For months and months I've been declaring that the death of the United Kingdom is a matter of when, not if - and in many ways, I maintain that is still true. That said, part of that belief rested on one thing - that the Scottish National Party would get a huge majority at the next Scottish elections, scheduled for May 6. And then L'Affaire Salmond kept happening, and now we're here.
So, I'm going to be completely honest with my audience - I'm still not really clear on what actually here? My basic understanding of this story is that Alex Salmond was a creep, Nicola Sturgeon knew about it, lied about what she knew and when she knew it to the Scottish Parliament, and then there's some arguments about some reports which maybe or maybe don't exonerate her. From what I've seen - and, again, I'm admitting the limits of my knowledge here upfront because in terms of how this plays politically, I kind of think my knowledge level is representative of the average Scot - she's guilty as fuck about having lied to the Scottish Parliament. Whether or not it matters politically is the bigger question.
My forecast, seen above, is ever so slightly volatile - it's a simple swing model for the Constituencies, and then the regional list D'Hondt bullshit done according to those Constituency results. The forecast isn't super fragile to changes in individual constituencies most of the time, but there is one huge problem area. In Moray, say, Douglas Ross will presumably be running as the Constituency MSP, but whether he wins or not is irrelevant. If he wins the seat, the SNP wins an additional List seat. If he loses, the Scottish Tories get an extra list seat. It's a straight swap. The problem area is the region called Lothian, otherwise known as Edinburgh. If the SNP wins Ruth Davidson's soon to be open seat of Edinburgh Central, they get 63 seats, if they don't, 62, because they don't have a list seat to lose if they gain the Constituency. For now, I have the seat blue still, but that's a gut call.
The SNP are in trouble, because they're probably needing to make gains in Edinburgh, where there are three non-SNP constituencies they can win without costing themselves a list seat if they want to win a majority - or make enough gains in the South of Scotland constituencies the Tories won last time without losing all of those gains back on the List.
Can they pull it back together? Yes, I think so. Two of the three most recent polls have the pro-indy Scottish Greens on 10% of the vote, which could be disgruntled Nationalists mad at the incompetence of the SNP parking their votes there in time. Scottish Labour is doing better in the first days of their new leader, and while I don't think there is much of a honeymoon right now, it's possible they're artificially high right now. But the real reason I suspect the SNP will be fine is because of two 2019 elections - the Canadian election and the UK one.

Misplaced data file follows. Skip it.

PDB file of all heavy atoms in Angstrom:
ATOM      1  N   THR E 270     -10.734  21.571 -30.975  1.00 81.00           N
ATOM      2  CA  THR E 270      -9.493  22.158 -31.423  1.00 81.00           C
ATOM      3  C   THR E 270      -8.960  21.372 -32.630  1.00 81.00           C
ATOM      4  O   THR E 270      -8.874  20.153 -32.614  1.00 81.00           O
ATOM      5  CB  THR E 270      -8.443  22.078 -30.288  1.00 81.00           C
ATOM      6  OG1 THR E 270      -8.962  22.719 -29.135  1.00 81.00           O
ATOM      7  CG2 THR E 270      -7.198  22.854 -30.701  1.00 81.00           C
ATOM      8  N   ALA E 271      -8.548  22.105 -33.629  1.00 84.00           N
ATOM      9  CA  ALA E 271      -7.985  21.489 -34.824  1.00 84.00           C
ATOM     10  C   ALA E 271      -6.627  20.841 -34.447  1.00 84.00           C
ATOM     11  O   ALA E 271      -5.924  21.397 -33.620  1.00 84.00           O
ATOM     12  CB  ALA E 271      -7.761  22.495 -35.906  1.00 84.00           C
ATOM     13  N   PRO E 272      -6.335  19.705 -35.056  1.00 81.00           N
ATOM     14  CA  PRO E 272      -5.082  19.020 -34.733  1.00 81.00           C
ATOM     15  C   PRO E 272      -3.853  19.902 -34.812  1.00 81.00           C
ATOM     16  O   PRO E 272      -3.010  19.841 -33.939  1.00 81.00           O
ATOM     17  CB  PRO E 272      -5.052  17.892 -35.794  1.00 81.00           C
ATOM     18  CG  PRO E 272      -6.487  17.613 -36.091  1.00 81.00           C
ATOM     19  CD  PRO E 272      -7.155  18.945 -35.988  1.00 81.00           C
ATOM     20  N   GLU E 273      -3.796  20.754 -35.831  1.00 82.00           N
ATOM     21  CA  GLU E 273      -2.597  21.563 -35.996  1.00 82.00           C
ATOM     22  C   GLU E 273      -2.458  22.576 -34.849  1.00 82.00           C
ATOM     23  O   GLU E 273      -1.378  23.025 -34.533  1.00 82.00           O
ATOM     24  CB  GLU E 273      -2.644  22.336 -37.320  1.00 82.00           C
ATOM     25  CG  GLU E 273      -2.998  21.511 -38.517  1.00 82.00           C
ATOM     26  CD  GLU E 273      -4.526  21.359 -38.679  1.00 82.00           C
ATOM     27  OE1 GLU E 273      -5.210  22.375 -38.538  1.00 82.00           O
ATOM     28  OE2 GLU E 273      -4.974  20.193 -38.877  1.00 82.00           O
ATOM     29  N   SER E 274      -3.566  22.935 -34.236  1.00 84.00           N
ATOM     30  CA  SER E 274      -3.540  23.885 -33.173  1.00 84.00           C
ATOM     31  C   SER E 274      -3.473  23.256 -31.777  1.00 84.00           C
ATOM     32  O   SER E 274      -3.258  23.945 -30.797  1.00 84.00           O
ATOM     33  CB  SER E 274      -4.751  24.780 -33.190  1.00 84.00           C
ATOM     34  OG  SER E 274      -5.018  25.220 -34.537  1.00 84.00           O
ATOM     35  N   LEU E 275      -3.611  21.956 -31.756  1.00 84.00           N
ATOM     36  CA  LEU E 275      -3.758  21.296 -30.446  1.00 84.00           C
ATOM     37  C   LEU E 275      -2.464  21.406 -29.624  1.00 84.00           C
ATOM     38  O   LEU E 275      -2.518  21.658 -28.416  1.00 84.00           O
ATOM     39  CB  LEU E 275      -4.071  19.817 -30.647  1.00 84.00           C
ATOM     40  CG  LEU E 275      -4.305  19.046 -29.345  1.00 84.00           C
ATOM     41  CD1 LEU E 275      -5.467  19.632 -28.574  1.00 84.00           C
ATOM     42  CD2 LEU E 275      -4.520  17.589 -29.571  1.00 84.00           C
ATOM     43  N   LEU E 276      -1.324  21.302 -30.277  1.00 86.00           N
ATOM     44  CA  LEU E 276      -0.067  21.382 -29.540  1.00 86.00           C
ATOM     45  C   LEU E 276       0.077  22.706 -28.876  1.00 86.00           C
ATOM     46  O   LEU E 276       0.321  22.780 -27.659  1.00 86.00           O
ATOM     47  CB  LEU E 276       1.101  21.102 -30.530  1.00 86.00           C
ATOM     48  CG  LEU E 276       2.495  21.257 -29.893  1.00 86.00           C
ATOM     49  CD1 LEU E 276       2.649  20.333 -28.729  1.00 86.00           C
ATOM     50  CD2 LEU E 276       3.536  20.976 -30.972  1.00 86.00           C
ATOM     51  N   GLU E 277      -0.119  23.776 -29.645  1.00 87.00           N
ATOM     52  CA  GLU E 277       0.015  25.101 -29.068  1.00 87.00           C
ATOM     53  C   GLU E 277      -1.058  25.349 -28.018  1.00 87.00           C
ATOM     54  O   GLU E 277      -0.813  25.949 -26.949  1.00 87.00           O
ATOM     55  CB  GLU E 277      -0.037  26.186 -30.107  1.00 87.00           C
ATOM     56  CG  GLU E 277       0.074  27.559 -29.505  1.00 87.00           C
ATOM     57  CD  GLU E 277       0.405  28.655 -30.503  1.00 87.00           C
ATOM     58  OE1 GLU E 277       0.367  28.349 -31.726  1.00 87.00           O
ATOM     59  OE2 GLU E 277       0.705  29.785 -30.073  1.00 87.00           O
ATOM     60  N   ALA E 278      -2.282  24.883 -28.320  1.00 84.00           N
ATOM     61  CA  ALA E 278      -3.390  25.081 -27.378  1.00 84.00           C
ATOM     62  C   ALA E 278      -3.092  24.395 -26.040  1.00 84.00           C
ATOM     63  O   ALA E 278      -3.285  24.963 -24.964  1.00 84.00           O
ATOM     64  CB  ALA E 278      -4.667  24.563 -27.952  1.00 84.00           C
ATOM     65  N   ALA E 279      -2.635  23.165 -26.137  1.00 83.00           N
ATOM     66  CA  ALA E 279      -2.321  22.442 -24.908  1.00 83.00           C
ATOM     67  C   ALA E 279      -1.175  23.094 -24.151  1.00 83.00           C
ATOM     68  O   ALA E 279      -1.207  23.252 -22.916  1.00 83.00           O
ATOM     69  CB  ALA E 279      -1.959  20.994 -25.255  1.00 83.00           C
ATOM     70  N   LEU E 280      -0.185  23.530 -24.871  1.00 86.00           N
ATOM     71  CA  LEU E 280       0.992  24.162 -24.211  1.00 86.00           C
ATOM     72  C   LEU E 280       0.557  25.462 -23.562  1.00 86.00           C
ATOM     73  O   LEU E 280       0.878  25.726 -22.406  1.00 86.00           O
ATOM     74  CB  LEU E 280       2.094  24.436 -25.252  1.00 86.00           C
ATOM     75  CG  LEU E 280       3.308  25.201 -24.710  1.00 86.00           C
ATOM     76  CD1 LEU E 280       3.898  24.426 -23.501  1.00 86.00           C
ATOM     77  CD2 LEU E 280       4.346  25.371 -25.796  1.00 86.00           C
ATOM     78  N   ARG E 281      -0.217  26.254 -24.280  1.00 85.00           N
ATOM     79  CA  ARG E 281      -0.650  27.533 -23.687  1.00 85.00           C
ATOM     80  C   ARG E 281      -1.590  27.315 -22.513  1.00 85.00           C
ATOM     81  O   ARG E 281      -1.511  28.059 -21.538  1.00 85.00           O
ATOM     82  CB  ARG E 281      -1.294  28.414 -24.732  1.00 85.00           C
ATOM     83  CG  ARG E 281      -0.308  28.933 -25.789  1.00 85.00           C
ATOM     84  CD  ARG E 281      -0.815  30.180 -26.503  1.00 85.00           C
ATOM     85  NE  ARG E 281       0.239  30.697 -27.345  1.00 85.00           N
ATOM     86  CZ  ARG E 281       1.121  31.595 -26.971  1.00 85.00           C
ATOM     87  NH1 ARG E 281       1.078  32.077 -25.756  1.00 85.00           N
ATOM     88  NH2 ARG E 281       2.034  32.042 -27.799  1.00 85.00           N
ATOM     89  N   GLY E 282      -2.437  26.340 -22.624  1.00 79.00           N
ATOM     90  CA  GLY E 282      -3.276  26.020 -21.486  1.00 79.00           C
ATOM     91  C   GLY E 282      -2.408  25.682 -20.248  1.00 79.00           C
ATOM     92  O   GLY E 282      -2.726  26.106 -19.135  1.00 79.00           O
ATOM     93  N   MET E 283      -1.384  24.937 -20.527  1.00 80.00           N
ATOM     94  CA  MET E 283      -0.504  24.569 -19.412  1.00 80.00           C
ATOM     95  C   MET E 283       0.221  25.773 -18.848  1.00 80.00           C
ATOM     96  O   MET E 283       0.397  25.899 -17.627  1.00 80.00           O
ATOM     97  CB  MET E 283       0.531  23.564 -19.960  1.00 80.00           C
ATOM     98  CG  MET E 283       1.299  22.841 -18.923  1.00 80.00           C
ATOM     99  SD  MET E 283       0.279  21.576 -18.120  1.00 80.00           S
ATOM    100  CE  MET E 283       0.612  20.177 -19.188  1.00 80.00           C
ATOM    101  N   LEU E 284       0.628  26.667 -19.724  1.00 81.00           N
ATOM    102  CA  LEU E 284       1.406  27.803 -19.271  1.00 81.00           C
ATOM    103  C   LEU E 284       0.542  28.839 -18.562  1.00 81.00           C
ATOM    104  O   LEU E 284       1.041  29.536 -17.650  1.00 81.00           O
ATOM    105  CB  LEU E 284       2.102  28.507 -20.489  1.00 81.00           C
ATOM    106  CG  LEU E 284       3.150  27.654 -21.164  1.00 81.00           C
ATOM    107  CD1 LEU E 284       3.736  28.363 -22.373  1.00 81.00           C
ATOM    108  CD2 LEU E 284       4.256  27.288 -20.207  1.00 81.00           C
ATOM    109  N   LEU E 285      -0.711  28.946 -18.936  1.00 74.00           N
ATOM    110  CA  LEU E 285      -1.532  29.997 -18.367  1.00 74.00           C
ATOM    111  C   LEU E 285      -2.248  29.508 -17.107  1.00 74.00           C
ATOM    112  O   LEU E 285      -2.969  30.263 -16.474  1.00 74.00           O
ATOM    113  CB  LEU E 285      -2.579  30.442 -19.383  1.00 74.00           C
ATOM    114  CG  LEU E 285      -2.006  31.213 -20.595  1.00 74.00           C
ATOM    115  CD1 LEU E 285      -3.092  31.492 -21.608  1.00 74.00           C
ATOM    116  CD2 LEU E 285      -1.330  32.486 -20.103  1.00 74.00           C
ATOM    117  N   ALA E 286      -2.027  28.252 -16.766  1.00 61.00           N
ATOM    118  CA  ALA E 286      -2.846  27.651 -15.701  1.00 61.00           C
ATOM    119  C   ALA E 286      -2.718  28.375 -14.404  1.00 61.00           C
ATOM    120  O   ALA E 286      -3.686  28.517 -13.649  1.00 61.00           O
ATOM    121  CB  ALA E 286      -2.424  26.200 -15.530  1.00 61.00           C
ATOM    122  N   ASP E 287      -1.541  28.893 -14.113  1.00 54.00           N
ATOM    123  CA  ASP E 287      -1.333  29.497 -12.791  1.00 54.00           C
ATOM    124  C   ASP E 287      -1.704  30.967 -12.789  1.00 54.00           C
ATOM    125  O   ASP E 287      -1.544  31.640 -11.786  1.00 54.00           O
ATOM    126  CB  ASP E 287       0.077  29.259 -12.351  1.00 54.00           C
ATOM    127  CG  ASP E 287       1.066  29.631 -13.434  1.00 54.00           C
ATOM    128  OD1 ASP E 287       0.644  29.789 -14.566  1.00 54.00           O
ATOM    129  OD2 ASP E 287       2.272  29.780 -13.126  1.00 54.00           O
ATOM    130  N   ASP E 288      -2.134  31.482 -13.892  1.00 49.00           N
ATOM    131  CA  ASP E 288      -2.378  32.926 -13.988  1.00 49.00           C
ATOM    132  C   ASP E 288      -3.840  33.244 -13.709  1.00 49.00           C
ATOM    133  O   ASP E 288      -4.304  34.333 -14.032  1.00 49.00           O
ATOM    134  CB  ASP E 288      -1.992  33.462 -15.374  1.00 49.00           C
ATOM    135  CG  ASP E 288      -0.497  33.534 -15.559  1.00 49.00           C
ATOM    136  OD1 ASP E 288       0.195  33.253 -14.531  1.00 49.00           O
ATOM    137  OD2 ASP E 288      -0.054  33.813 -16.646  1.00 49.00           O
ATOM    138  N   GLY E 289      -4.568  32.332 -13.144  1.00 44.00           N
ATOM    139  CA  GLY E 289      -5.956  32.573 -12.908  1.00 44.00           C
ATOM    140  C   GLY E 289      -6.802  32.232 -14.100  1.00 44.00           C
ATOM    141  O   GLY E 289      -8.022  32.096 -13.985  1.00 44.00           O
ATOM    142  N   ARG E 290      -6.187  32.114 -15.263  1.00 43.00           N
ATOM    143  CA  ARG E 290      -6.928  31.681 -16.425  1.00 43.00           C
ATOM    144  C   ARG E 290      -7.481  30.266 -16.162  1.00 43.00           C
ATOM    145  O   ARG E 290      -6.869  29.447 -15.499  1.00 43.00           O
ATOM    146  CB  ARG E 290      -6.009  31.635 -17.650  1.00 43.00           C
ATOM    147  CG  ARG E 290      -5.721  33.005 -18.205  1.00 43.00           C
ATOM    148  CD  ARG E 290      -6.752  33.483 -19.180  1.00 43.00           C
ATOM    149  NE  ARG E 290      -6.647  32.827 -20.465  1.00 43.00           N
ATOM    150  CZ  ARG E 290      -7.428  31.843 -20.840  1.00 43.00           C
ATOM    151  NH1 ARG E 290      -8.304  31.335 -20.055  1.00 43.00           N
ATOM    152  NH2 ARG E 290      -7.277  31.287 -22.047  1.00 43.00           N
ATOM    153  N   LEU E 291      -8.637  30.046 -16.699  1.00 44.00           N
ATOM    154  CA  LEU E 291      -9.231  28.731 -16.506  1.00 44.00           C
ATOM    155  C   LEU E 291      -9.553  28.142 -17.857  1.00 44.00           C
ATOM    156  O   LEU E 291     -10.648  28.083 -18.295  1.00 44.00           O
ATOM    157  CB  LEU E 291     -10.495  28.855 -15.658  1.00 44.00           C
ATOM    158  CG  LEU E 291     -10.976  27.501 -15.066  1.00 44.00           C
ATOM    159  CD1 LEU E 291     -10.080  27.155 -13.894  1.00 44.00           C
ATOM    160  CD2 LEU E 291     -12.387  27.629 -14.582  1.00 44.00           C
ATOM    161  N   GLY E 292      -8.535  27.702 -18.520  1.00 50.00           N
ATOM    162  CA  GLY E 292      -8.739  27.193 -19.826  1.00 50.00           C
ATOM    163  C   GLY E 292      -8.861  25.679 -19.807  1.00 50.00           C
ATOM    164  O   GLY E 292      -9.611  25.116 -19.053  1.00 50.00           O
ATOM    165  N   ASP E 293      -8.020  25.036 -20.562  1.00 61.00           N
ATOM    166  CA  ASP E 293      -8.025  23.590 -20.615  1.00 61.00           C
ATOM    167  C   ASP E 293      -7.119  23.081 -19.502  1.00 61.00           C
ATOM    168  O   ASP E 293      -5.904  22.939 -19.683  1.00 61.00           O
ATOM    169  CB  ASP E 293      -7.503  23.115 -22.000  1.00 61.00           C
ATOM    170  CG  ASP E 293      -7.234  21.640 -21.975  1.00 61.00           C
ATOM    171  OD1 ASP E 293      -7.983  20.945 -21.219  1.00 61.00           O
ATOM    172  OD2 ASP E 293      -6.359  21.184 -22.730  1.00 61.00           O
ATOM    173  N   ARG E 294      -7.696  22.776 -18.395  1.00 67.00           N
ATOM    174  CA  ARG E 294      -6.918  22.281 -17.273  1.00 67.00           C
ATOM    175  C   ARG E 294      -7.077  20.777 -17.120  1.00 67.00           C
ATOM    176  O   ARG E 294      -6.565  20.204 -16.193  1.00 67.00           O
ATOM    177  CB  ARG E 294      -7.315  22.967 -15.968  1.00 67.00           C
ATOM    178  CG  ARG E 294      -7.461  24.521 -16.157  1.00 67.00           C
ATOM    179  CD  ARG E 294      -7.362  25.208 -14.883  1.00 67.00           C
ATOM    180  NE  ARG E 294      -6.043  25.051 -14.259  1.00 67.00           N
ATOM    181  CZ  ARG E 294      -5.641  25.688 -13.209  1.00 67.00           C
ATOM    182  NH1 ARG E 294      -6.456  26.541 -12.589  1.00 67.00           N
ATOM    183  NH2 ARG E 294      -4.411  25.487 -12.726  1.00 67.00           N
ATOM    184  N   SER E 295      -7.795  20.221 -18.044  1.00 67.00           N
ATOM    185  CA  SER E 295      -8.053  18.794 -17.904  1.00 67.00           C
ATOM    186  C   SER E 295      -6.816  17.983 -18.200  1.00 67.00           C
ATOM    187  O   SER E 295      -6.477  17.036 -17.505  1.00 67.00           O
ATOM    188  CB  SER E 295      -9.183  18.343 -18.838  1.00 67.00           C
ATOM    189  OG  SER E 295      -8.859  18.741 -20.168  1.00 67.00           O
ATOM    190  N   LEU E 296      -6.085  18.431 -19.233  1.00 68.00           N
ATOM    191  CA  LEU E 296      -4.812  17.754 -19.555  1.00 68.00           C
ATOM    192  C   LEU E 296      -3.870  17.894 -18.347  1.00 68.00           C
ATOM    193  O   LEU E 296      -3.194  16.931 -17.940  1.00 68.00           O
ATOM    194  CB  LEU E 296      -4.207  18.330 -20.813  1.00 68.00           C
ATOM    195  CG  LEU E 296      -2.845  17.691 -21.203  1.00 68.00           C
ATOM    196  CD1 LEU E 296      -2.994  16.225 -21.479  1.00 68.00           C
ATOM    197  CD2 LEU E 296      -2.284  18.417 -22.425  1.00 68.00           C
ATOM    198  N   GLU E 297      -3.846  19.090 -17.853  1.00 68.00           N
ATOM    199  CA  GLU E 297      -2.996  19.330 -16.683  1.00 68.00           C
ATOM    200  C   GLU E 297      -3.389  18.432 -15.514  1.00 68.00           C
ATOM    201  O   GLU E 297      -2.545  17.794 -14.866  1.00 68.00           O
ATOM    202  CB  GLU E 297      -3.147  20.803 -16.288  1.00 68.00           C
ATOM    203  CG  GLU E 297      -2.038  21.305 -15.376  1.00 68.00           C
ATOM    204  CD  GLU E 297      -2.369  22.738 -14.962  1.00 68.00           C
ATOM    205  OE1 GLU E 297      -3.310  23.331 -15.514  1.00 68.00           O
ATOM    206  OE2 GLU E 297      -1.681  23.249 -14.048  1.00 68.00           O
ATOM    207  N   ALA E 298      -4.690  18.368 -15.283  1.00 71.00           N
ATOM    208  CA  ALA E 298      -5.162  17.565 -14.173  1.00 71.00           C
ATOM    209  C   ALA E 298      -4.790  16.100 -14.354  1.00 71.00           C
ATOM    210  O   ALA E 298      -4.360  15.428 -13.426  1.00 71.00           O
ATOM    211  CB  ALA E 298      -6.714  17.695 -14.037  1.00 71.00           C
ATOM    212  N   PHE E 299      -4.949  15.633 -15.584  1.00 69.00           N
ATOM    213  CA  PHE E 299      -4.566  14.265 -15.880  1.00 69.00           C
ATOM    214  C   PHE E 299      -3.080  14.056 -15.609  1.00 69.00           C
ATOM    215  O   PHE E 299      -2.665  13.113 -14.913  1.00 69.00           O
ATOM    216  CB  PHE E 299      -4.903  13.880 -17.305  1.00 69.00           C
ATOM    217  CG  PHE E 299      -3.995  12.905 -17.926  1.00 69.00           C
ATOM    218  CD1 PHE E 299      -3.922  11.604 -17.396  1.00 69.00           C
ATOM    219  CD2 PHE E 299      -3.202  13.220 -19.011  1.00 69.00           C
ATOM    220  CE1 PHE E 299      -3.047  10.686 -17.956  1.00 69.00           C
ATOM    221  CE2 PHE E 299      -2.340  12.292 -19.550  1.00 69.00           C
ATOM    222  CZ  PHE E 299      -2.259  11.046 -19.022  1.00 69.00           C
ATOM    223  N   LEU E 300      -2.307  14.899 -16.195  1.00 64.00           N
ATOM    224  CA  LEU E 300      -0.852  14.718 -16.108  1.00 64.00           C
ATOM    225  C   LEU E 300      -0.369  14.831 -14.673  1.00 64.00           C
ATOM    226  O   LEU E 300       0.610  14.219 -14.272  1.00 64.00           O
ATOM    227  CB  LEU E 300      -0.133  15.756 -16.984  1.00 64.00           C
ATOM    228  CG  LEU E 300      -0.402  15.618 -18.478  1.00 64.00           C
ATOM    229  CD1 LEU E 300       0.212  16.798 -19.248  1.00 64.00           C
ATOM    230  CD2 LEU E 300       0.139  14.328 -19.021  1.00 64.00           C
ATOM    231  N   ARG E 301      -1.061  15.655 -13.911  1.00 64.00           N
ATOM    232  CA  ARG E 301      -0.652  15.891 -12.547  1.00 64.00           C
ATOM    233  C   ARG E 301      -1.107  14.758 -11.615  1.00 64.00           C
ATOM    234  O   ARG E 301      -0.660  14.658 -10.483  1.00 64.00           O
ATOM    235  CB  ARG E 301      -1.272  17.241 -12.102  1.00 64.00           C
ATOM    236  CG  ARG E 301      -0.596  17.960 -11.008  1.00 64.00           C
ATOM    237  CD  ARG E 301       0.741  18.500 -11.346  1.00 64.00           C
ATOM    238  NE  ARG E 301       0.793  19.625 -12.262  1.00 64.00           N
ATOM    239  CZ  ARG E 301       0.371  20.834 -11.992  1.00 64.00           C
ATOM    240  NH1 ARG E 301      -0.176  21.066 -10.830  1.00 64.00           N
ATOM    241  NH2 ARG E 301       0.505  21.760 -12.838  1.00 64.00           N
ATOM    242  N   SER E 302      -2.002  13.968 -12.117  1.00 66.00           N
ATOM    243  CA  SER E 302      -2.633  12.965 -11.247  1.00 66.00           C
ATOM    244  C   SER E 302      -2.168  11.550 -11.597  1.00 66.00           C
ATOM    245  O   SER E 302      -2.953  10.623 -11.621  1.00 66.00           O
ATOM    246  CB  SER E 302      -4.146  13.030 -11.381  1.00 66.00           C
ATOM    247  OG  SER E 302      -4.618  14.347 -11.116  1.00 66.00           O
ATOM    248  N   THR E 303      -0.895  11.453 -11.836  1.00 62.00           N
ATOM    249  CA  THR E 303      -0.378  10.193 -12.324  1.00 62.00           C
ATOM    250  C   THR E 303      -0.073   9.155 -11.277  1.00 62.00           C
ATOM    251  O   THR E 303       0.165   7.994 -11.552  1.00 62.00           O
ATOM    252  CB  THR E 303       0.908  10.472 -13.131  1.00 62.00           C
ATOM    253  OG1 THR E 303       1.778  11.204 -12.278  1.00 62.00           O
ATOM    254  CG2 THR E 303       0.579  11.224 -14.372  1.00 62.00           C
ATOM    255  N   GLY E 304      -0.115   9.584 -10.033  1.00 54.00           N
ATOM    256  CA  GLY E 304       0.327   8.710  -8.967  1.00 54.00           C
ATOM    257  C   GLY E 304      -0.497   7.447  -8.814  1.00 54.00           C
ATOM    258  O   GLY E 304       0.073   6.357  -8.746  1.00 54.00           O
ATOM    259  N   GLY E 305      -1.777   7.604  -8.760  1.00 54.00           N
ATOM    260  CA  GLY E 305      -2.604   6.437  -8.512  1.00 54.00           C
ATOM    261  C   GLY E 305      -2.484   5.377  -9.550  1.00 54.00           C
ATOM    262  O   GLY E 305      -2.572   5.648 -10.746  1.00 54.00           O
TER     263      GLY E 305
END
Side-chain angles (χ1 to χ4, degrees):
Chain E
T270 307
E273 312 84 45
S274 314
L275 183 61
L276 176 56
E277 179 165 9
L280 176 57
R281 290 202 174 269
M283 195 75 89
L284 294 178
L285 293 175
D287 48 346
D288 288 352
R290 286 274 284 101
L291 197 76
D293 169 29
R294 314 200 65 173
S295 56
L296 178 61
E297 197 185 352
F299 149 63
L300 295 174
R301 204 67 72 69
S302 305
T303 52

In Canada, Justin Trudeau was dogged by similar allegations of political pressure on civil servants, breaking the impartiality of the prosecution service, and generally lying about all those things. He survived, and would have won a majority if not for the Bloc surge in September and October. Oh, and he even got caught having worn Blackface three times, I think, and nobody cared. The election came down to a simpler question than anything else - Justin Trudeau or the other guy. Trudeau won.
Does anyone in the UK actually like Boris Johnson? Probably not, because even voters who voted for him know he's a bit of an ass, an Etonian toff who thinks he's so brilliant because he can remember that "thank me no thankings" is Shakespeare and "but me no buts" was Centlivre, popularized by Walter Scott. And yet, Sedgefield and West Bromwich and Stoke all voted for the guy anyways, because the election was a referendum on a referendum question - Brexit or not. The SNP have the advantage that Boris had then of being the major player on the constitutional question that needs an answer.
I think the SNP will get their majority in the end, I do. This opinion is not partisan or biased, because while I am a Scottish nationalist, I am not a Scottish Nationalist. I want an independent Scotland, and would vote Green if I resided in the land of my cultural heritage to achieve that fact. The SNP has cracked the door marked Hung Parliament open, and if the election was today, they'd be in Minority. I just don't expect that to hold through May.